And yet Kantarovsky’s history so far suggests that he has always counterbalanced his indulgence with self-denial. The video for the Aspen presentation, A Solid House, 2022, begins with the sound of heavy breathing, though it might be synthesized, as the camera wanders in close-up over what quickly reveals itself to be a reproduction of Jacques-Louis David’s Death of Marat, 1793; the page is covered in fingerprints. Then it cuts to a close-up of something different, a recumbent hairy animal, deeply breathing, asleep. A radiator rattles; a caterpillar crawls over foliage—all that is overture. After about a minute, the voice-over narration begins. The text, adapted from a book by the Tibetan Buddhist teacher Chogyam Trungpa, Cutting Through Spiritual Materialism (1973), tells the story of a monkey that moves from the jungle into a house. As seen in the film, the dwelling’s human occupants seem not long gone. Eventually, we catch sight of the digitally animated beast clumsily rattling around in the kitchen, bumping into furniture, hitting its head, and knocking things over. It’s easy to identify this small, scuttling creature with the animalistic male inhabitants of some of Kantarovsky’s paintings. And I thought, too, of the speaker in Franz Kafka’s unforgettable “A Report to an Academy” (1917), the monologue of an ape who has painfully learned to become, or at least to simulate, a human being. The animal’s failure to domesticate itself means that what had appeared as a possible escape turns out quite otherwise; instead, as the narrator intones, “one begins to explore one’s imprisonment.”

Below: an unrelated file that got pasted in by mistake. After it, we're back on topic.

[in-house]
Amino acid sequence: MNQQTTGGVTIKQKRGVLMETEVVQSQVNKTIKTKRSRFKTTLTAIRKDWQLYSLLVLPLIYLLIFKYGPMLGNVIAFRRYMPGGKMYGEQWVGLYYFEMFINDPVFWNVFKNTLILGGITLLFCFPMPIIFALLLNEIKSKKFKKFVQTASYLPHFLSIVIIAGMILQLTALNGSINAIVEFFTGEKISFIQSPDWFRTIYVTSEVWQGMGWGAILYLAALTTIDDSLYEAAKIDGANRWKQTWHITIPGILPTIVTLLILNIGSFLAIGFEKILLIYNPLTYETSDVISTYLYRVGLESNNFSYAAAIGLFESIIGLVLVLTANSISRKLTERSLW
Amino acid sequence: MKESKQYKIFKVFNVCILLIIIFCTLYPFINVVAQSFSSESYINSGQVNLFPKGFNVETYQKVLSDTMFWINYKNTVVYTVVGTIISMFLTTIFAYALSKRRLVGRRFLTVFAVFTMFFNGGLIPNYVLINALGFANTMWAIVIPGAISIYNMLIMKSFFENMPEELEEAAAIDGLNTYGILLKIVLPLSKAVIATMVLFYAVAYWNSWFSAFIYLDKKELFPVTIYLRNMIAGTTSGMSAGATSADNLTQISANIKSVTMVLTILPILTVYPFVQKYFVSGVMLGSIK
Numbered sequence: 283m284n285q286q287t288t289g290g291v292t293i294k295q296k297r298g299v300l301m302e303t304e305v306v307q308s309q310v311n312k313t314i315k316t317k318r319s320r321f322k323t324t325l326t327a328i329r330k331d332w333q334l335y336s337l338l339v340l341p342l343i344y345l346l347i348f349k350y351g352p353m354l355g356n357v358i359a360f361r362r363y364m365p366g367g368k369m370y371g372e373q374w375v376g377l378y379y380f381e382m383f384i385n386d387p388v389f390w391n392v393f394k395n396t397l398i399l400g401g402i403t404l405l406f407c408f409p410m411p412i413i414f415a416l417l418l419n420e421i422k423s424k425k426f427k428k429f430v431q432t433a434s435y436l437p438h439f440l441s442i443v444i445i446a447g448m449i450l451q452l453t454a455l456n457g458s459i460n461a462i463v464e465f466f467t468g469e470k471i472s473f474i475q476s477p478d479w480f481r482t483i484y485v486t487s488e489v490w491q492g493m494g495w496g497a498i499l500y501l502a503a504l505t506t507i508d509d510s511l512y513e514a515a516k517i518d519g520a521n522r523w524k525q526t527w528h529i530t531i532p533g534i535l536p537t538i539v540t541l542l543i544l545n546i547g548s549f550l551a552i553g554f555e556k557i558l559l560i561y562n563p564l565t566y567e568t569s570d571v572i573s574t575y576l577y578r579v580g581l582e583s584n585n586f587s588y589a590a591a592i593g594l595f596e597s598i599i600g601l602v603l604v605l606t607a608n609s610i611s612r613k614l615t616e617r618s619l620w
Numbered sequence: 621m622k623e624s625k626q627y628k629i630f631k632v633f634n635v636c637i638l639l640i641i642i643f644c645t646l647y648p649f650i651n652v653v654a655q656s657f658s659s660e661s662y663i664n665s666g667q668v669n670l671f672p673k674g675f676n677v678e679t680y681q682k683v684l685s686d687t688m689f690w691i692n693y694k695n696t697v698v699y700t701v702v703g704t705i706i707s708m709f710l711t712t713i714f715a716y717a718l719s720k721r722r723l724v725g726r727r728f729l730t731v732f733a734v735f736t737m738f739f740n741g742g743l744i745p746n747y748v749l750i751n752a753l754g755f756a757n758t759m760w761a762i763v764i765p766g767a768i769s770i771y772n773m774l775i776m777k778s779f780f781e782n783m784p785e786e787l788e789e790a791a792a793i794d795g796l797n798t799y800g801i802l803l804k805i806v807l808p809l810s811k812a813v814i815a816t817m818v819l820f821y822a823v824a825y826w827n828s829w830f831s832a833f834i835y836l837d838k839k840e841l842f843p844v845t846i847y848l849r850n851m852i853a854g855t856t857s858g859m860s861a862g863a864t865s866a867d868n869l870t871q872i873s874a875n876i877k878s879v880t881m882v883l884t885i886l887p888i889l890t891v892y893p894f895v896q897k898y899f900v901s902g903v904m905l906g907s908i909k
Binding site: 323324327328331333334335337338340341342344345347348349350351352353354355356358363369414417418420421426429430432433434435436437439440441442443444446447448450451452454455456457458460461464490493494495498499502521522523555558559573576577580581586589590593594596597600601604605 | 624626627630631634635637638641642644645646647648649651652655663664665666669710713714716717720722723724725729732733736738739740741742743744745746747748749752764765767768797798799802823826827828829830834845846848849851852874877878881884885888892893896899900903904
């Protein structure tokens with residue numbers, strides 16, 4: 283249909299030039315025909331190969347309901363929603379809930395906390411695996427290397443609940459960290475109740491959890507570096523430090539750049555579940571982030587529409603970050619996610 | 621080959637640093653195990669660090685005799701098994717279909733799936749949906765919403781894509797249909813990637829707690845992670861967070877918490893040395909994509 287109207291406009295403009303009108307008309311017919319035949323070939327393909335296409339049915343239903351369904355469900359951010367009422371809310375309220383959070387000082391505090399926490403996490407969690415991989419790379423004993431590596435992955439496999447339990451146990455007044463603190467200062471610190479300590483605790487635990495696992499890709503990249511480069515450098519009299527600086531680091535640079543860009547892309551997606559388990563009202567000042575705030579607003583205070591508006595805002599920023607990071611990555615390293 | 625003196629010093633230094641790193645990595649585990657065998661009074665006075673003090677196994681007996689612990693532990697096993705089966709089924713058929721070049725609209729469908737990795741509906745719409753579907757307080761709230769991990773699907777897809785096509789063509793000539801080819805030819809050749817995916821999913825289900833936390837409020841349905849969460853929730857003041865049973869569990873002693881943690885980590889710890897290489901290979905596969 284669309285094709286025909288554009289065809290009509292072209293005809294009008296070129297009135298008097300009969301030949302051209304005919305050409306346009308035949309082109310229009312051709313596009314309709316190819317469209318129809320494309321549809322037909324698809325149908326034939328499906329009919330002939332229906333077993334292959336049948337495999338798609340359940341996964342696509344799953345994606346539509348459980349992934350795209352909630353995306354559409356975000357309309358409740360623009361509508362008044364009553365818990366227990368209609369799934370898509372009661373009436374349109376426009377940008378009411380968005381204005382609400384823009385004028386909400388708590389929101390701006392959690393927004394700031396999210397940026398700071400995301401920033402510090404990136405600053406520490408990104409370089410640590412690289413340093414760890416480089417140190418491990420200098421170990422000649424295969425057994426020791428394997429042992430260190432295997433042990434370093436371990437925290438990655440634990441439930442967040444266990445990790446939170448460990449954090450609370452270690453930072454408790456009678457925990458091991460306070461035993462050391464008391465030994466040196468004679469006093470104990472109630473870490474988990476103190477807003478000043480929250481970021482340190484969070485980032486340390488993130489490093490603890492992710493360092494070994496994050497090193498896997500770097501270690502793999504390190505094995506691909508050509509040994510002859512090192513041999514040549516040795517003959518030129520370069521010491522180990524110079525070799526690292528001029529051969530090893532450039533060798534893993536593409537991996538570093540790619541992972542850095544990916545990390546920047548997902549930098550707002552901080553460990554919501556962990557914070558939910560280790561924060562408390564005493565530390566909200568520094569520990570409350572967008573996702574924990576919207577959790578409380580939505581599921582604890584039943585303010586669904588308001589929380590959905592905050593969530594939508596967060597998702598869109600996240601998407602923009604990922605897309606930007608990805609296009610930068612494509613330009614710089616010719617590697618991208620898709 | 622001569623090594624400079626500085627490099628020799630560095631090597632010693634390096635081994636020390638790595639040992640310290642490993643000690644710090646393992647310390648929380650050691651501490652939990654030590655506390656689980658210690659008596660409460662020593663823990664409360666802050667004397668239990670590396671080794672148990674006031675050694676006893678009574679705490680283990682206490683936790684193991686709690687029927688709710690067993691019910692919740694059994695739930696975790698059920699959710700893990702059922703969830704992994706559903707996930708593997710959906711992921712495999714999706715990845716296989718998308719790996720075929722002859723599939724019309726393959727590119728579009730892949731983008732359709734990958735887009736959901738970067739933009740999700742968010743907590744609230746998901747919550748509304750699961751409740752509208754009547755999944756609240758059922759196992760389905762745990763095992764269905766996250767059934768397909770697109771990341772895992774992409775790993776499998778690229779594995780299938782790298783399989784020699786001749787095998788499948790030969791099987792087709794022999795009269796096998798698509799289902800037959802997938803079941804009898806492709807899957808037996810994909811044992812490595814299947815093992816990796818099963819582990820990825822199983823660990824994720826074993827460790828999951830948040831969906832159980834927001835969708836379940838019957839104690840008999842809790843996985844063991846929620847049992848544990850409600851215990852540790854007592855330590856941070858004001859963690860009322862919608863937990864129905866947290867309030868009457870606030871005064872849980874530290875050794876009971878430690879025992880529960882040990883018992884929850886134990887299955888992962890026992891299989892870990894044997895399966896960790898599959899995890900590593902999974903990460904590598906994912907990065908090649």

View of “Sanya Kantarovsky in collaboration with Ieva Misevičiūtė: Apricot Juice,” 2015, Studio Voltaire, London. From left: Sanya Kantarovsky, The Master Is Released: Behemoth cut himself a slice of pineapple, salted and peppered it, ate it and chased it down with a second glass of spirit with a flourish that earned a round of applause., 2015; Sanya Kantarovsky, The Flight: Margarita floated out of the window, where she turned and hit the glass a gentle blow with her hammer. It shattered and cascaded in smithereens down the marble facade on to the street below. Margarita flew on to the next window., 2015; Sanya Kantarovsky’s stage for Ieva Misevičiūtė’s performance Apricot Juice, 2015. Photo: Andy Keate.

While A Solid House is not exactly a suspense movie, I still want to refrain from spoilers. I can reveal, however, that the monkey does eventually come across a book on Marat. He seems to like pictures. Perhaps for this reason, “the monkey begins to hallucinate—to dream.” Does becoming human mean becoming a being whose imagination can be set off by pictures? Perhaps. But the incongruence between imagination and reality leads to a crisis, “a sudden losing of faith.”